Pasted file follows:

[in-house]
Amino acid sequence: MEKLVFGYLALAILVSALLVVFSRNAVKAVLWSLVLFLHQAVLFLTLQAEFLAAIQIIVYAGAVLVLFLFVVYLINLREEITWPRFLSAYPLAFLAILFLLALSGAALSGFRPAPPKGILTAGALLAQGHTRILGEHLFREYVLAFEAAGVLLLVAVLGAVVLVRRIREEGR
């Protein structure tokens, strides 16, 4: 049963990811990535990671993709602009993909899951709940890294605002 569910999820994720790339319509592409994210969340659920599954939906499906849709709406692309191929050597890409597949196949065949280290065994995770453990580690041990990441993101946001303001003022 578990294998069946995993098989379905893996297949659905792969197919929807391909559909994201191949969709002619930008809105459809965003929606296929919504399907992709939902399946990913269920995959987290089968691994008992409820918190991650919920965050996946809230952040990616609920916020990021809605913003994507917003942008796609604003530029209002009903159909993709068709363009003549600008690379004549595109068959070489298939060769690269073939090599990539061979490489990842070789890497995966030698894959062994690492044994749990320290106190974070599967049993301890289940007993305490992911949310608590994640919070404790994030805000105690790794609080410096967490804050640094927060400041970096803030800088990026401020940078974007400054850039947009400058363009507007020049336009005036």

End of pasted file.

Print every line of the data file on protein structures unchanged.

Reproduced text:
[in-house]
Amino acid sequence: MEKLVFGYLALAILVSALLVVFSRNAVKAVLWSLVLFLHQAVLFLTLQAEFLAAIQIIVYAGAVLVLFLFVVYLINLREEITWPRFLSAYPLAFLAILFLLALSGAALSGFRPAPPKGILTAGALLAQGHTRILGEHLFREYVLAFEAAGVLLLVAVLGAVVLVRRIREEGR
């Protein structure tokens, strides 16, 4: 049963990811990535990671993709602009993909899951709940890294605002 569910999820994720790339319509592409994210969340659920599954939906499906849709709406692309191929050597890409597949196949065949280290065994995770453990580690041990990441993101946001303001003022 578990294998069946995993098989379905893996297949659905792969197919929807391909559909994201191949969709002619930008809105459809965003929606296929919504399907992709939902399946990913269920995959987290089968691994008992409820918190991650919920965050996946809230952040990616609920916020990021809605913003994507917003942008796609604003530029209002009903159909993709068709363009003549600008690379004549595109068959070489298939060769690269073939090599990539061979490489990842070789890497995966030698894959062994690492044994749990320290106190974070599967049993301890289940007993305490992911949310608590994640919070404790994030805000105690790794609080410096967490804050640094927060400041970096803030800088990026401020940078974007400054850039947009400058363009507007020049336009005036």